Sustainable Fashion

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6 Materials That Could Change the Fashion Industry

In recent decades we have been seeing rapid changes in areas such as our diet, our approach to shopping as well as ways of communication. Clothing industry is also no exception, as its survival is dependent on adjusting to everchanging shopping behavior of consumers, as well as on reducing its footprint on nature.

Innovations in textile materials will become a key factor in helping the clothing industry survive. Photo / Pexels – Theona Swift

More and more people are beginning to realize that the way we perceive the fashion industry is simply not sustainable in the long run. With this growing pressure and demand for innovative, green products, the fast fashion business model will be forced to change, drastically.

The time of innovation, invention, digital fashion and creation of new materials is soon here. These new materials that could spark a revolution inside the clothing industry. One of many ways to spark that revolution is to create materials and textiles that lessen the impact on natural resources that are also of high quality and durability. In this article, we will be mentioning 6 materials that are not something purely hypothetical, but have already become actively used in the manufacturing processes of clothes and accessories.

Bananatex

One of the first durable and waterproof biodegradable textiles, 100% made of banana plant (Abacà). Abacà is grown in the Philippines and is a part of the natural ecosystem of a sustainable economy, requiring no chemical treatment nor extra water to grow. Thanks to its beneficial properties, such as flexibility and durability, it can fully replace synthetic materials that are popularly used in clothing

During the process of creating Bananatex, fibers of the Abacà plant are being transformed into yarn, which is then used in manufacturing handbags, backpacks, shoes and even furniture. Bananatex is sold in three colors: All-Black, Natural White and Gray with the use of beeswax.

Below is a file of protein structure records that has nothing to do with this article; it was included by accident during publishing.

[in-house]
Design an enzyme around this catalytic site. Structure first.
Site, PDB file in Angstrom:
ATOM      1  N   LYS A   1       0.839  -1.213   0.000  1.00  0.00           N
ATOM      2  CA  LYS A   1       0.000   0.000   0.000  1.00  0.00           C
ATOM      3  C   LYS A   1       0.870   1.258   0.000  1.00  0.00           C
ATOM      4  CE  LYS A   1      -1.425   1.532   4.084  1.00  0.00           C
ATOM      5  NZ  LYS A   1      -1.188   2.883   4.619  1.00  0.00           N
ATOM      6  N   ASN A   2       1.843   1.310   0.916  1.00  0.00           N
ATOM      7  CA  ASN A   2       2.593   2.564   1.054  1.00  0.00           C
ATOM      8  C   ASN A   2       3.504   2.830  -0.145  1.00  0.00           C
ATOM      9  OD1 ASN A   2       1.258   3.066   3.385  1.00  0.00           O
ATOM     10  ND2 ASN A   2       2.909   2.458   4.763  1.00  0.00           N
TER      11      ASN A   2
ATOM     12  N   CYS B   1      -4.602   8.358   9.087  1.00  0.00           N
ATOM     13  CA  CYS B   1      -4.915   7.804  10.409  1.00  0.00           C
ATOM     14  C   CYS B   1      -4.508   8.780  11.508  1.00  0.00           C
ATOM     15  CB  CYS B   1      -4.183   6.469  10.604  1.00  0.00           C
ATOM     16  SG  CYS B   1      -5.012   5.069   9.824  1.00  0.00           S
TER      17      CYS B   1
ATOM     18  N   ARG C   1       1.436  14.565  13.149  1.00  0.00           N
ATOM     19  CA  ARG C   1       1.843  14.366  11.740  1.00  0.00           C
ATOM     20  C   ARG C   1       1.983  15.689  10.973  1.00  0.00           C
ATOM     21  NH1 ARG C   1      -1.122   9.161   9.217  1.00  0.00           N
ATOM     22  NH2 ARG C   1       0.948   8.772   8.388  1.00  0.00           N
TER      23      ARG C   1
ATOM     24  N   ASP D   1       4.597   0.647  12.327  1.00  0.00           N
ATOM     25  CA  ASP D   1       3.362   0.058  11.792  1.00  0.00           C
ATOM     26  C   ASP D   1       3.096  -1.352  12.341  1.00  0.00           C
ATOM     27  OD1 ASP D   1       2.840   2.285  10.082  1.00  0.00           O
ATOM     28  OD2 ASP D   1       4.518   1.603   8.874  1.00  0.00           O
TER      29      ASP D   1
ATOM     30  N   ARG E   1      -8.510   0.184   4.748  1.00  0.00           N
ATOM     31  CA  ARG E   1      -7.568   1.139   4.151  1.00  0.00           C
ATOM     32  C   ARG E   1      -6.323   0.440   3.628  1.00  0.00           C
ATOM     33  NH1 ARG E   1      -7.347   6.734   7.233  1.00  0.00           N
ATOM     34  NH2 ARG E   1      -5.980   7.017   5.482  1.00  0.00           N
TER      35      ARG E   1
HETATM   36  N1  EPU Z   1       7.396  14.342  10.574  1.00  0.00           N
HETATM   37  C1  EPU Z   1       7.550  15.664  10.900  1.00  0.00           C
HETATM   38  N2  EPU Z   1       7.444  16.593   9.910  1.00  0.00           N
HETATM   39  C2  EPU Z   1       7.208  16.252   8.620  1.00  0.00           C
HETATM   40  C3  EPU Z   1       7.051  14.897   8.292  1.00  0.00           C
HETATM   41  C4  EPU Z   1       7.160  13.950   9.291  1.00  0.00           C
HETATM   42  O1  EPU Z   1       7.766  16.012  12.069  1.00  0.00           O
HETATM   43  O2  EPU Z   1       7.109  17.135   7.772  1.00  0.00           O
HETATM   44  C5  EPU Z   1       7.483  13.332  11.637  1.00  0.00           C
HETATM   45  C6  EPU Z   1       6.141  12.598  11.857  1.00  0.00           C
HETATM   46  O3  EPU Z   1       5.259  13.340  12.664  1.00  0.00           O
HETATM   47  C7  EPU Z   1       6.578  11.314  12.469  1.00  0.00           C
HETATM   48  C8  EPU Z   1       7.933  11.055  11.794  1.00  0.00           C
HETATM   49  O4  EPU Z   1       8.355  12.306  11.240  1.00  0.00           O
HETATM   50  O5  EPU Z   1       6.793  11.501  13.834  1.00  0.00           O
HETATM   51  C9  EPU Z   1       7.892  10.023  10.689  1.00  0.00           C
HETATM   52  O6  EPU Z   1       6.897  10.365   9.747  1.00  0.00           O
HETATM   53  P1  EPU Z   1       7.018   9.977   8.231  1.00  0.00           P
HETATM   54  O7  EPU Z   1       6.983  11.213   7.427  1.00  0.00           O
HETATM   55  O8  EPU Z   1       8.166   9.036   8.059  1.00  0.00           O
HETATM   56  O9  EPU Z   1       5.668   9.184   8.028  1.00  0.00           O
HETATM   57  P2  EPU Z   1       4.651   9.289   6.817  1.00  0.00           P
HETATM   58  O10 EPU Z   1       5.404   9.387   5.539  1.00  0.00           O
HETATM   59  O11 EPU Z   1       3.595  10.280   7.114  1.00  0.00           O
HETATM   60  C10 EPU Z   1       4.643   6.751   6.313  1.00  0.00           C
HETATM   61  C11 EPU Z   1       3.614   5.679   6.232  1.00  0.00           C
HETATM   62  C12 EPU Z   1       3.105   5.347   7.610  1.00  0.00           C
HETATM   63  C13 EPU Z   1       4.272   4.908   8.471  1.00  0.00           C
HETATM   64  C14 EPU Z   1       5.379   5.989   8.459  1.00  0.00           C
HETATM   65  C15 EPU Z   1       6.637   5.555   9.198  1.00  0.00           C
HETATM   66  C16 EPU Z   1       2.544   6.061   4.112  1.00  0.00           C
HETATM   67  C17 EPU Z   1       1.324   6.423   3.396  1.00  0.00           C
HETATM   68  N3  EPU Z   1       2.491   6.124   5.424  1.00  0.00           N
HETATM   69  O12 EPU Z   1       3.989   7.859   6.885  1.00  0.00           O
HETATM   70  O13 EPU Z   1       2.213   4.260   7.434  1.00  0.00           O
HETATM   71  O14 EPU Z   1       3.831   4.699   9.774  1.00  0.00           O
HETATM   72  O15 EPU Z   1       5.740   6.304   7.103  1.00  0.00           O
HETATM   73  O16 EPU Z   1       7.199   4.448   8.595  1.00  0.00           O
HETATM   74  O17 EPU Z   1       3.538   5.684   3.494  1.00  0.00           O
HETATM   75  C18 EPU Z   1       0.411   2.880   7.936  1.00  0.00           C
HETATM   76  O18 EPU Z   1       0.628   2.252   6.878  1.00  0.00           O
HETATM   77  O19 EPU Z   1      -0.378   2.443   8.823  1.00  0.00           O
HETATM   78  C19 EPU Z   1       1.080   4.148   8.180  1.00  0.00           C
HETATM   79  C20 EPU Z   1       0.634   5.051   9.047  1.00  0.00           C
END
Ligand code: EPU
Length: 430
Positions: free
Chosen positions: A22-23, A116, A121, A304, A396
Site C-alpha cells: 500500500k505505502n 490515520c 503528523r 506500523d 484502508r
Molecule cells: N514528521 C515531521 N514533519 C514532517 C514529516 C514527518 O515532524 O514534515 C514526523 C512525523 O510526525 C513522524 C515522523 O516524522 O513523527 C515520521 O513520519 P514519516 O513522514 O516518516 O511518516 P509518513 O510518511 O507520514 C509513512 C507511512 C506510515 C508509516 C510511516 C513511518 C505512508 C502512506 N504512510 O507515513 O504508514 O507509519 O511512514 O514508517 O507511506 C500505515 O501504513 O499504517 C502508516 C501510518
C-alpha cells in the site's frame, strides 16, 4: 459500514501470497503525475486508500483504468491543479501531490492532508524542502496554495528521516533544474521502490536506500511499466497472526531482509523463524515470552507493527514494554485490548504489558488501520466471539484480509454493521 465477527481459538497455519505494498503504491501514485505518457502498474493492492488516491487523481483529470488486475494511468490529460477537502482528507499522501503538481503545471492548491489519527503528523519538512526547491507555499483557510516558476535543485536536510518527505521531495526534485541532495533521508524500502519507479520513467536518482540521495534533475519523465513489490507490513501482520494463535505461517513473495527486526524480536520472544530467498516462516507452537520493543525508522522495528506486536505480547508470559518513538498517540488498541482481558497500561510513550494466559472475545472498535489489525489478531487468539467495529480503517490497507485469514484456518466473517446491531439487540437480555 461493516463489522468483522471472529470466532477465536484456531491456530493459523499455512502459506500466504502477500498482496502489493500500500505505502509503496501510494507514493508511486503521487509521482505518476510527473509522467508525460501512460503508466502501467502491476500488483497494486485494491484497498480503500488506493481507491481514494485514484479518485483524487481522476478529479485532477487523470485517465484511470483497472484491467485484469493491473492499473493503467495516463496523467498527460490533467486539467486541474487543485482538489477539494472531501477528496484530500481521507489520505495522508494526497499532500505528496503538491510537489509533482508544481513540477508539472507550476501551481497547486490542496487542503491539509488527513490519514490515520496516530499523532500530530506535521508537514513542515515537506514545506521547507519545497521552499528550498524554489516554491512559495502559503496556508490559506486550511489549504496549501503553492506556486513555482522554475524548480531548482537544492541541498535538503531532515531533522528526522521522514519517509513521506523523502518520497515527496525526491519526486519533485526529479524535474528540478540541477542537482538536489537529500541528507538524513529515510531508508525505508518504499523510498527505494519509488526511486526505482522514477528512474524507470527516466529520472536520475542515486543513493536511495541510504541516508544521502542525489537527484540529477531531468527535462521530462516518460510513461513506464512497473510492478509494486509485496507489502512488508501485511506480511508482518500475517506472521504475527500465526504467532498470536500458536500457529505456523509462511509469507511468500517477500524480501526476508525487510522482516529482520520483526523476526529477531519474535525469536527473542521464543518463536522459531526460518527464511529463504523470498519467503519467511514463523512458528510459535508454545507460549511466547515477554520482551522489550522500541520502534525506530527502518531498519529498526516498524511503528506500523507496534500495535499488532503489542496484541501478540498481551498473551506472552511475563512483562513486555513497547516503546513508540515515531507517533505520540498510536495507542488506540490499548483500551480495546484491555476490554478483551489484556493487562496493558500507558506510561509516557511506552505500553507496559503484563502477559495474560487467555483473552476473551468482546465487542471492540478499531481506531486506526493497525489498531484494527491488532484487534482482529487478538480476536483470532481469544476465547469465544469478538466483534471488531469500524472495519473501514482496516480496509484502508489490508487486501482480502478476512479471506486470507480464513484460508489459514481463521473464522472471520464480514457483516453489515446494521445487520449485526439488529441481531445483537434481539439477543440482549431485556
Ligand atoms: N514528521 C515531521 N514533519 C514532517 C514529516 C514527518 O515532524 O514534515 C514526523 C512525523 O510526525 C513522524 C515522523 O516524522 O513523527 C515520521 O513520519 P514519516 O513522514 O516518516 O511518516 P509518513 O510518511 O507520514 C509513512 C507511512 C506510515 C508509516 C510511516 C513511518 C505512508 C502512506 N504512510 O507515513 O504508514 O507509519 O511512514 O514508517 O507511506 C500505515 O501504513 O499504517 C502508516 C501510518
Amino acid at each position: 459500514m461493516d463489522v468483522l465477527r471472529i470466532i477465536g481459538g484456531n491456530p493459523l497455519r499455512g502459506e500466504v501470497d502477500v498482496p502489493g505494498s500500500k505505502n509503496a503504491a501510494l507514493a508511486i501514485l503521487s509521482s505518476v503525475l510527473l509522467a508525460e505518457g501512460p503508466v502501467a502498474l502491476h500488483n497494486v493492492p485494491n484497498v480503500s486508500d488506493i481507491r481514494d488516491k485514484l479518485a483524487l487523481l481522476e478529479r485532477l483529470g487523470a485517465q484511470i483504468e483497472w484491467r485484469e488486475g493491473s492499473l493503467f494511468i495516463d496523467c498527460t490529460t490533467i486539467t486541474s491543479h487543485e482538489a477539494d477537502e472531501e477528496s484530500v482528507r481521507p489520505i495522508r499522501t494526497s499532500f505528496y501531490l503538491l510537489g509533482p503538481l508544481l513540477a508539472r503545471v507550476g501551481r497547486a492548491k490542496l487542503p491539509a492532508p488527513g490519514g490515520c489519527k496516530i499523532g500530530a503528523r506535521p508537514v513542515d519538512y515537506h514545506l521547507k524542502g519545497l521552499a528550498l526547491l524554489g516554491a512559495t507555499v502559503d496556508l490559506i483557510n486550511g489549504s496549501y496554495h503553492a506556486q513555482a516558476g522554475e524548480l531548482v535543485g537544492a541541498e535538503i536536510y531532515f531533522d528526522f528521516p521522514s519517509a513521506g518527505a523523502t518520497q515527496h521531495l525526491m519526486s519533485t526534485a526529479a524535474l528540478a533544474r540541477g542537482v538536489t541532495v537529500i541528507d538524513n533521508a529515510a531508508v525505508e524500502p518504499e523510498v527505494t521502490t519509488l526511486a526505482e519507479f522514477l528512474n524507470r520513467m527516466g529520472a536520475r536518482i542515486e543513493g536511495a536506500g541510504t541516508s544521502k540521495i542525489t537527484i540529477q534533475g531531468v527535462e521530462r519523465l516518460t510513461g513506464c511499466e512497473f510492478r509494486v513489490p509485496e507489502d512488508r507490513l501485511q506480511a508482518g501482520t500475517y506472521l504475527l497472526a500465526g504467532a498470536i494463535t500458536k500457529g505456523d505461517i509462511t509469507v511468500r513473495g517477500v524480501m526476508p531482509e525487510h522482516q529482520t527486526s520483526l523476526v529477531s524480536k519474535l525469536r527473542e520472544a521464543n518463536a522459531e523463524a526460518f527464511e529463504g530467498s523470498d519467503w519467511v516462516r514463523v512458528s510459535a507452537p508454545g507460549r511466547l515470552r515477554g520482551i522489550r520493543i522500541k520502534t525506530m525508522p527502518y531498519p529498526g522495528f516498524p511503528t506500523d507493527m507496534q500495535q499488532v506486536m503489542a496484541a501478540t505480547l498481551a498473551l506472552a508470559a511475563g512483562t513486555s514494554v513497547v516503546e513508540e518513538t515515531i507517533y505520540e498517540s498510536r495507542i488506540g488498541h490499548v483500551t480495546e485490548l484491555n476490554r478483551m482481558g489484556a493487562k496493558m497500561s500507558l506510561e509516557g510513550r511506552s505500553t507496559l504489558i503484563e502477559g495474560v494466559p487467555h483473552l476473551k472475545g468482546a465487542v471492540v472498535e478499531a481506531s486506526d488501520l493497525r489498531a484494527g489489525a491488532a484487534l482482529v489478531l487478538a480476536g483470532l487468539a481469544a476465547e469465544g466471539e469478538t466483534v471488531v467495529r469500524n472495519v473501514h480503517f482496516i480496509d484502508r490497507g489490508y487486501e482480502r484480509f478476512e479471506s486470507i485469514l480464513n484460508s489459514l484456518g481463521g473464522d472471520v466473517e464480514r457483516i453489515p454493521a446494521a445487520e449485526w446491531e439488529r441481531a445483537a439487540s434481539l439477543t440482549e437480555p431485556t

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Príspevok, ktorý zdieľa QWSTION (@qwstion_official)

Mycelium Leather: Vegan Leather Made From Fungi

Leather is famous for its durability and protective properties, but like any clothing material, it is subject to ethical as well as environmental issues. Mycelium leather is an ecological and ethical answer, as the fabric is made from the roots of fungi.

During the manufacturing process, extracted cells from fungi roots are placed in dishes inside a laboratory where they are being nourished. Within one month, the resulting material is then treated and colored to have properties matching those of animal leather.

This technology has produced new textiles such as MycoTEX and Mylea, made from mycelia – the vegetative part of the fungus. Seamless technology is utilized during the manufacturing process, shaping the fabric into a perfect fit, not requiring cutting nor sewing. This approach is the most ecological one, as no extra waste is produced. The end material is then used to manufacture wallets, handbags and even clothes.

 
 
 
 
 
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Príspevok, ktorý zdieľa MycoTEX (@mycotex_nl)

Piñatex

This material is made from pineapple leaves, the by-product after harvesting pineapple fruits. This innovative approach therefore utilizes material that would normally be thrown away as an organic waste into landfills, therefore helping to reduce methane that is produced by organic waste (methane is 80x more potent greenhouse gas compared to CO2), lessening its impact on climate change.

Pineapple leaves Piňatex uses are dried in the sun and are then subjected to purification, after which the material becomes a puffy fiber. This material is afterwards colored, using certified pigments, and then processed for use.

Fashion designers love using the end-product thanks to its properties, such as high durability and long lifespan. Since it is considered an alternative to animal leather, as well as thanks to its properties, Piñatex is used in the production of footwear, bags and clothing.